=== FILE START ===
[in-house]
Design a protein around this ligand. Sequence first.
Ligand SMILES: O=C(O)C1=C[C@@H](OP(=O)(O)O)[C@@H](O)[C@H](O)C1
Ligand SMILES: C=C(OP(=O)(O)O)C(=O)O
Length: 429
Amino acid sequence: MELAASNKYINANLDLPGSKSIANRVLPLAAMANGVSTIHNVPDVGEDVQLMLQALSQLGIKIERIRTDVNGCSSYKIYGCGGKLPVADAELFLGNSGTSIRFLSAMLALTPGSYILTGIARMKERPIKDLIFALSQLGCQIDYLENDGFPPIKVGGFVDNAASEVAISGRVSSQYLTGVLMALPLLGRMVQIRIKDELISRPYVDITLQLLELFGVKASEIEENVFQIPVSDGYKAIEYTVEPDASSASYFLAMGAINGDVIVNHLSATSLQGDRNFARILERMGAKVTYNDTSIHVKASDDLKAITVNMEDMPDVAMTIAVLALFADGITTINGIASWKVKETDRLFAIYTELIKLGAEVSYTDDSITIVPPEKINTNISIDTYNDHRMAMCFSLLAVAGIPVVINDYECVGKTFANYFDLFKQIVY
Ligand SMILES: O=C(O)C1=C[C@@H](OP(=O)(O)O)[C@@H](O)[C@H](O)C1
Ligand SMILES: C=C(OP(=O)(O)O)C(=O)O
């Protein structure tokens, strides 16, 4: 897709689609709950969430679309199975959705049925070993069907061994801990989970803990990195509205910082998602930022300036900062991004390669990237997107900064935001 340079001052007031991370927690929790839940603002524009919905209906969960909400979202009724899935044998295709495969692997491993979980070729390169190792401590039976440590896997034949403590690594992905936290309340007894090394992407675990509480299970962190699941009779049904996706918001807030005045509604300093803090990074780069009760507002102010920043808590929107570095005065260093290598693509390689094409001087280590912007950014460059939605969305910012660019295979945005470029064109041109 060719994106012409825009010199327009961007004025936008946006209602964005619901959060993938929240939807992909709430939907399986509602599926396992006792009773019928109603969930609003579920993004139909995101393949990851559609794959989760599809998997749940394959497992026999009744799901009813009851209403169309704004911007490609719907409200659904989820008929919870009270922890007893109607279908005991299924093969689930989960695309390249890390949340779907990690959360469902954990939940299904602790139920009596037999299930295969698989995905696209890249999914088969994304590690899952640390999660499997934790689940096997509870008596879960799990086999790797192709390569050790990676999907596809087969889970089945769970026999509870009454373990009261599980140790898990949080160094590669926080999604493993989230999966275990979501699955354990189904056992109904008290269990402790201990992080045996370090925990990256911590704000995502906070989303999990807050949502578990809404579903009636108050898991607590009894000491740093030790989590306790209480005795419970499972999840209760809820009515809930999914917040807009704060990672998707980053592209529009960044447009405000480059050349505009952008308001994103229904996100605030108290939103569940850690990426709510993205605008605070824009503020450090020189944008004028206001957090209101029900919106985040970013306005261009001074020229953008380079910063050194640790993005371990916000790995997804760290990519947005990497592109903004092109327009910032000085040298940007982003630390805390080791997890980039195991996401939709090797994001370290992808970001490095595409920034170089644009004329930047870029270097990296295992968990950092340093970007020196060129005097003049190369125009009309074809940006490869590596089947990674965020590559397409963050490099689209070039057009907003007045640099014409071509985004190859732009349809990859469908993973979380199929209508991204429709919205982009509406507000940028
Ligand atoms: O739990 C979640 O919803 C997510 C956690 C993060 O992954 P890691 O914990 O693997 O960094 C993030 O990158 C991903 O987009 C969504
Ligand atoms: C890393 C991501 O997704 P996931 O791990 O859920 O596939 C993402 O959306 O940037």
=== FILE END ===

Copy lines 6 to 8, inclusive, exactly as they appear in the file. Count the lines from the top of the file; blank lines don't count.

Amino acid sequence: MELAASNKYINANLDLPGSKSIANRVLPLAAMANGVSTIHNVPDVGEDVQLMLQALSQLGIKIERIRTDVNGCSSYKIYGCGGKLPVADAELFLGNSGTSIRFLSAMLALTPGSYILTGIARMKERPIKDLIFALSQLGCQIDYLENDGFPPIKVGGFVDNAASEVAISGRVSSQYLTGVLMALPLLGRMVQIRIKDELISRPYVDITLQLLELFGVKASEIEENVFQIPVSDGYKAIEYTVEPDASSASYFLAMGAINGDVIVNHLSATSLQGDRNFARILERMGAKVTYNDTSIHVKASDDLKAITVNMEDMPDVAMTIAVLALFADGITTINGIASWKVKETDRLFAIYTELIKLGAEVSYTDDSITIVPPEKINTNISIDTYNDHRMAMCFSLLAVAGIPVVINDYECVGKTFANYFDLFKQIVY
Ligand SMILES: O=C(O)C1=C[C@@H](OP(=O)(O)O)[C@@H](O)[C@H](O)C1
Ligand SMILES: C=C(OP(=O)(O)O)C(=O)O